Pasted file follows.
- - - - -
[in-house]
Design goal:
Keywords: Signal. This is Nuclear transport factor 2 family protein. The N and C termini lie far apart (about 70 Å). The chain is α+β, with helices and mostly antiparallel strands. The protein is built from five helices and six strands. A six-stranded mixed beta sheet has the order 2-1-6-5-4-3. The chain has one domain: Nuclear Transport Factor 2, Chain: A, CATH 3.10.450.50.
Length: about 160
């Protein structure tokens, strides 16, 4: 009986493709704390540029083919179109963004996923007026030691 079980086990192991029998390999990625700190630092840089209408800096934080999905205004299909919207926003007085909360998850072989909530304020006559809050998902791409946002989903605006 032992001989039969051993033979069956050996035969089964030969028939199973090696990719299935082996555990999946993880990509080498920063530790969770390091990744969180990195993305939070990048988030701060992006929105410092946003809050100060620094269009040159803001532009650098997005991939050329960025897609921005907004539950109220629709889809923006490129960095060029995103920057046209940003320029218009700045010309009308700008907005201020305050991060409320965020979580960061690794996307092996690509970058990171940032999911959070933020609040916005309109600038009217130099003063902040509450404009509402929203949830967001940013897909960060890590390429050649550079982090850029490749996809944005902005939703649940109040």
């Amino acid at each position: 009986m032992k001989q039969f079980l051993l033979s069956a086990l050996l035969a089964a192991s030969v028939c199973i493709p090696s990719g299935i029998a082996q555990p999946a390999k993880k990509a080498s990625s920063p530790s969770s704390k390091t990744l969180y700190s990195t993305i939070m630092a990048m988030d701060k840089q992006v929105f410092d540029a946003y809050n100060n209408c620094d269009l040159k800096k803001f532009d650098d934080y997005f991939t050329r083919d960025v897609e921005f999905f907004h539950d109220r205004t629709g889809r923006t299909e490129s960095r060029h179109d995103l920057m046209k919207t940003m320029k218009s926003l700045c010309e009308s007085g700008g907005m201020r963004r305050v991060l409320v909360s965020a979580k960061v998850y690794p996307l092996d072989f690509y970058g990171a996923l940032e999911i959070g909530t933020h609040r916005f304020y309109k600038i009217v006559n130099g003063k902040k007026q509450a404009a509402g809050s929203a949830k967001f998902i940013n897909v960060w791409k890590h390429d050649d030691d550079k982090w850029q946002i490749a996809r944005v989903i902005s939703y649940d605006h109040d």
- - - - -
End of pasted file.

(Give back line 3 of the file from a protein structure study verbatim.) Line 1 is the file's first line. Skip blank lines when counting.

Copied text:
Keywords: Signal. This is Nuclear transport factor 2 family protein. The N and C termini lie far apart (about 70 Å). The chain is α+β, with helices and mostly antiparallel strands. The protein is built from five helices and six strands. A six-stranded mixed beta sheet has the order 2-1-6-5-4-3. The chain has one domain: Nuclear Transport Factor 2, Chain: A, CATH 3.10.450.50.